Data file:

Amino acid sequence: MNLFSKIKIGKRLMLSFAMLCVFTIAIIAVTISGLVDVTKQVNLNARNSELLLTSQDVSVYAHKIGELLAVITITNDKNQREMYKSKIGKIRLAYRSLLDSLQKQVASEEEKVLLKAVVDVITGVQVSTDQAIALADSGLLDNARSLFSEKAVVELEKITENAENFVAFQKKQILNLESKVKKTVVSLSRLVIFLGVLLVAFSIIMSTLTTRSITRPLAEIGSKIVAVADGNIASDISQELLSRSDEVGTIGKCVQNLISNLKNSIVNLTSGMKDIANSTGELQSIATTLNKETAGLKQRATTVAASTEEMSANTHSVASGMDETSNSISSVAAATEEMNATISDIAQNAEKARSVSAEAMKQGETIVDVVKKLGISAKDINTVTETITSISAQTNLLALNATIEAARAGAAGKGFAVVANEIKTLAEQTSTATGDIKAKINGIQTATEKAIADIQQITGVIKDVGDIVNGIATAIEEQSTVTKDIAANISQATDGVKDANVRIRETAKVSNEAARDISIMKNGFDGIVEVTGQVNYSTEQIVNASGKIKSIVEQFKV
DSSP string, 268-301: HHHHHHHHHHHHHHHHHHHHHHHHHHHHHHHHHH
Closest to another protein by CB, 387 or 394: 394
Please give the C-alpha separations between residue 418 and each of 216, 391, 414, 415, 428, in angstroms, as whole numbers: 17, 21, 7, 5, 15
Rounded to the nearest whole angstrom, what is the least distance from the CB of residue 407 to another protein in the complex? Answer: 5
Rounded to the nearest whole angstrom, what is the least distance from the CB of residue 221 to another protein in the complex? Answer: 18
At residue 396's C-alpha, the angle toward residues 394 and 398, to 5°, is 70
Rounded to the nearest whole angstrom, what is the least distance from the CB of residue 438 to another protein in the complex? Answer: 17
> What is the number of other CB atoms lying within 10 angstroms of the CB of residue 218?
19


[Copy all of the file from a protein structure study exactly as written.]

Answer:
Amino acid sequence: MNLFSKIKIGKRLMLSFAMLCVFTIAIIAVTISGLVDVTKQVNLNARNSELLLTSQDVSVYAHKIGELLAVITITNDKNQREMYKSKIGKIRLAYRSLLDSLQKQVASEEEKVLLKAVVDVITGVQVSTDQAIALADSGLLDNARSLFSEKAVVELEKITENAENFVAFQKKQILNLESKVKKTVVSLSRLVIFLGVLLVAFSIIMSTLTTRSITRPLAEIGSKIVAVADGNIASDISQELLSRSDEVGTIGKCVQNLISNLKNSIVNLTSGMKDIANSTGELQSIATTLNKETAGLKQRATTVAASTEEMSANTHSVASGMDETSNSISSVAAATEEMNATISDIAQNAEKARSVSAEAMKQGETIVDVVKKLGISAKDINTVTETITSISAQTNLLALNATIEAARAGAAGKGFAVVANEIKTLAEQTSTATGDIKAKINGIQTATEKAIADIQQITGVIKDVGDIVNGIATAIEEQSTVTKDIAANISQATDGVKDANVRIRETAKVSNEAARDISIMKNGFDGIVEVTGQVNYSTEQIVNASGKIKSIVEQFKV
DSSP string, 268-301: HHHHHHHHHHHHHHHHHHHHHHHHHHHHHHHHHH
Closest to another protein by CB, 387 or 394: 394
Please give the C-alpha separations between residue 418 and each of 216, 391, 414, 415, 428, in angstroms, as whole numbers: 17, 21, 7, 5, 15
Rounded to the nearest whole angstrom, what is the least distance from the CB of residue 407 to another protein in the complex? Answer: 5
Rounded to the nearest whole angstrom, what is the least distance from the CB of residue 221 to another protein in the complex? Answer: 18
At residue 396's C-alpha, the angle toward residues 394 and 398, to 5°, is 70
Rounded to the nearest whole angstrom, what is the least distance from the CB of residue 438 to another protein in the complex? Answer: 17
> What is the number of other CB atoms lying within 10 angstroms of the CB of residue 218?
19